Alclometasone for inflammatory skin conditions
- You only need to use a small amount of this cream. It should be applied thinly and massaged gently into the skin until it disappears.
- Topical corticosteroids should not be used for long periods of time or on large areas of the body, especially in children.
About alclometasone cream
|Type of medicine ||Moderately potent topical corticosteroid |
|Used for ||Inflammatory skin conditions such as eczema and dermatitis |
|Also called ||Modrasone® (contains alclometasone dipropionate) |
|Available as ||Cream |
Alclometasone is a moderately potent topical corticosteroid (also referred to as a topical steroid). Topical steroids are used in addition to emollients (moisturisers) for treating inflammatory skin conditions such as eczema and dermatitis. A topical steroid is used when one or more patches of eczema or dermatitis flare up. Alclometasone relieves the symptoms of a flare-up by reducing inflammation, itching and redness.
Before using alclometasone cream
To make sure this is the right treatment for you, before you start using alclometasone cream it is important that your doctor or pharmacist knows:
- If you have any areas of infected skin.
- If you have rosacea or acne.
- If you are pregnant or breast-feeding.
- If you have ever had an allergic reaction to a skin preparation.
How to use alclometasone cream
- Before you start using this cream, read the manufacturer's printed information leaflet from inside your pack. The leaflet will give you more information about topical steroids and a full list of side-effects that you may experience from using them.
- Apply a small amount on to the areas of skin which are inflamed. Then gently rub it into the skin until it has disappeared. Do not use alclometasone on any broken or infected areas of skin.
- The amount of topical steroid that you should apply is commonly measured by fingertip units (FTUs). One FTU is the amount of cream that is squeezed out along an adult's fingertip (that is, from the very end of the finger to the first crease in the finger). As a guide, one FTU is enough to cover an area twice the size of an adult hand. Your doctor will give you an idea of how many FTUs you will need to cover the area of your skin which is affected.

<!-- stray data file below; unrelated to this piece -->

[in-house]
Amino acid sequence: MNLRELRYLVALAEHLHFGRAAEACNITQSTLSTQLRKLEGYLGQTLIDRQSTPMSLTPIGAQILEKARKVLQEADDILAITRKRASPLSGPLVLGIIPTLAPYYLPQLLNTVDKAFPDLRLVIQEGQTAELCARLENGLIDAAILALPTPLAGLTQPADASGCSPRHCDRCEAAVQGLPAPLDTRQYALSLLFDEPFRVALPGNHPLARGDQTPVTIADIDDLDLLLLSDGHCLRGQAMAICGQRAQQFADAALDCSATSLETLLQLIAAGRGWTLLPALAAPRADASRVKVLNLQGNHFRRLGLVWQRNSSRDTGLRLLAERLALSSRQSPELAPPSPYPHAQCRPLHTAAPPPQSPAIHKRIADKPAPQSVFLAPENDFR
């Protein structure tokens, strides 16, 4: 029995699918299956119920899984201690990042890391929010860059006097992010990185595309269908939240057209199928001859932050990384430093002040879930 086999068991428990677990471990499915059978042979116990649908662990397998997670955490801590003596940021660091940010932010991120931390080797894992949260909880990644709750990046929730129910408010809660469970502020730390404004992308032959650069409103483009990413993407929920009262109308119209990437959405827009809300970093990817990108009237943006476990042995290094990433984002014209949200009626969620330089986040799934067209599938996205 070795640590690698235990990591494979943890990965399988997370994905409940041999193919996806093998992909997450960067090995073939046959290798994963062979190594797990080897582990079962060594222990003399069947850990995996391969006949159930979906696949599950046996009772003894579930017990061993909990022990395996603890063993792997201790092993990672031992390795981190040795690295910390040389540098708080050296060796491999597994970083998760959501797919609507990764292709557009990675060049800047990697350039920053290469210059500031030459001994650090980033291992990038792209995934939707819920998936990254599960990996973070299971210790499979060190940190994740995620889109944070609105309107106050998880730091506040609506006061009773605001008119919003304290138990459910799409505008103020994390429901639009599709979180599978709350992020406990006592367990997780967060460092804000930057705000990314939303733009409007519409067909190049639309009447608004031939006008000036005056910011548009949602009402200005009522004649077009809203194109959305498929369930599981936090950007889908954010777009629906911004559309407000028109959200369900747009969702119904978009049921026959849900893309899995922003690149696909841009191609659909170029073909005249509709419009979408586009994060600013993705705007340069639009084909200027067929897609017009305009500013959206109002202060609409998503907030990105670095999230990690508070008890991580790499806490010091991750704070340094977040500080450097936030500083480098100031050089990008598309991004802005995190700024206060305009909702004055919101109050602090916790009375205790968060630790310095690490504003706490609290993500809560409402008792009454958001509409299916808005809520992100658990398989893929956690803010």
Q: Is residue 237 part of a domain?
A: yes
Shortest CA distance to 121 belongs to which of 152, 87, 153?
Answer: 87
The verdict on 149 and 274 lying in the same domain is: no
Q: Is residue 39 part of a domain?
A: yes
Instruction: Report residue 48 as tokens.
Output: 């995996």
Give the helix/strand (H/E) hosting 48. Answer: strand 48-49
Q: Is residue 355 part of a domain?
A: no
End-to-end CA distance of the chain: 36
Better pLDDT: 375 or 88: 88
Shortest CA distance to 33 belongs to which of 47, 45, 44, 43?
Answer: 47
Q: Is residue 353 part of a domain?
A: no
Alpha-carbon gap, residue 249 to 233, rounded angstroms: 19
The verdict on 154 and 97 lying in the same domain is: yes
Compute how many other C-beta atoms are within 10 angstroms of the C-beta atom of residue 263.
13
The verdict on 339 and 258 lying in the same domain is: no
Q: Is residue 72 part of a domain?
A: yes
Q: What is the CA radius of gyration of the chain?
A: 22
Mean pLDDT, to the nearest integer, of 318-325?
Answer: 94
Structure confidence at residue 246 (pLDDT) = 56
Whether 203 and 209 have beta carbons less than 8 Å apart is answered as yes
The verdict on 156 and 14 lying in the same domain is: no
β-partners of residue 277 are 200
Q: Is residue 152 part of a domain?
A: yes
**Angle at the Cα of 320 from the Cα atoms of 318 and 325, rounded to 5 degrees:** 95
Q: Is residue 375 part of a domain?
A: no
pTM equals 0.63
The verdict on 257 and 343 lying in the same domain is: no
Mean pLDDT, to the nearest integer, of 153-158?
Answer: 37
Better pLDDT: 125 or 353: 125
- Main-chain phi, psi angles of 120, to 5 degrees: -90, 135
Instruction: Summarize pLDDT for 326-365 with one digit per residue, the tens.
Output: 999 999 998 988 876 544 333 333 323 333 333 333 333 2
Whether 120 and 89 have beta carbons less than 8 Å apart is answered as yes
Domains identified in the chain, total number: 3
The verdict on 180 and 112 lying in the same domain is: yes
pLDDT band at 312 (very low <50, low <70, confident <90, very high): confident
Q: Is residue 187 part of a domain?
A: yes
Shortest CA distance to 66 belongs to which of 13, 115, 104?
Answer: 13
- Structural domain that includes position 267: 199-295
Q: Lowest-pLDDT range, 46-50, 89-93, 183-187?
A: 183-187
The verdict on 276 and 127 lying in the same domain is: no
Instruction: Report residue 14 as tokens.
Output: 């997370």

- Your doctor will tell you how often to apply alclometasone. It must not be applied more than twice a day, and once a day is often sufficient.
- If you are using more than one topical corticosteroid, make sure you know when and where to use each one. If you are unsure, check with your doctor or ask your pharmacist for further advice.
- After you have applied alclometasone cream, wash your hands (unless your hands are the treated area).
- If you are using alclometasone for psoriasis, make sure you follow your doctor's instructions carefully. It should not be used for large areas of psoriasis, as this can cause your symptoms to flare up afterwards.
- Alclometasone should not be used in children except on the advice of a doctor.
Getting the most from your treatment
- If you are using an emollient along with alclometasone, apply the emollient first. Then wait 10-15 minutes before applying alclometasone cream. This allows time for the emollient to be absorbed before alclometasone is applied. (Your skin should be moist but not slippery when you apply the alclometasone cream).
- Do not use alclometasone cream on your face unless your doctor has said you should. If you have been told to use it on your face, be careful not to get any cream near your eyes and do not use it for longer periods of time than you have been advised.
- Unless advised to do so by your doctor, do not apply a bandage or dressing to the area being treated, as this will increase absorption of the preparation and increase the risk of side-effects.
- Continue to use alclometasone cream until the flare-up has completely gone and then stop it. A course of treatment for 7-14 days is often sufficient. If your symptoms have not improved after this time (or if they get worse), speak again with your pharmacist or doctor for further advice. Topical corticosteroids like alclometasone should not be used for long periods of time or on large areas of the body, especially in children.
- After you finish using alclometasone cream, continue to use your emollients every day. This will help to prevent a further flare-up.
Can alclometasone cream cause problems?
Short courses (less than four weeks) of topical steroids like alclometasone are usually safe and do not cause problems. If used for long periods, your skin may develop permanent striae (like stretch marks), bruising, discolouration, or thin spidery blood vessels.
Speak with your doctor or pharmacist if you experience these or any other side-effects which you think may be due to alclometasone.
How to store alclometasone
- Keep all medicines out of the reach and sight of children.
- Store in a cool, dry place, away from direct heat and light.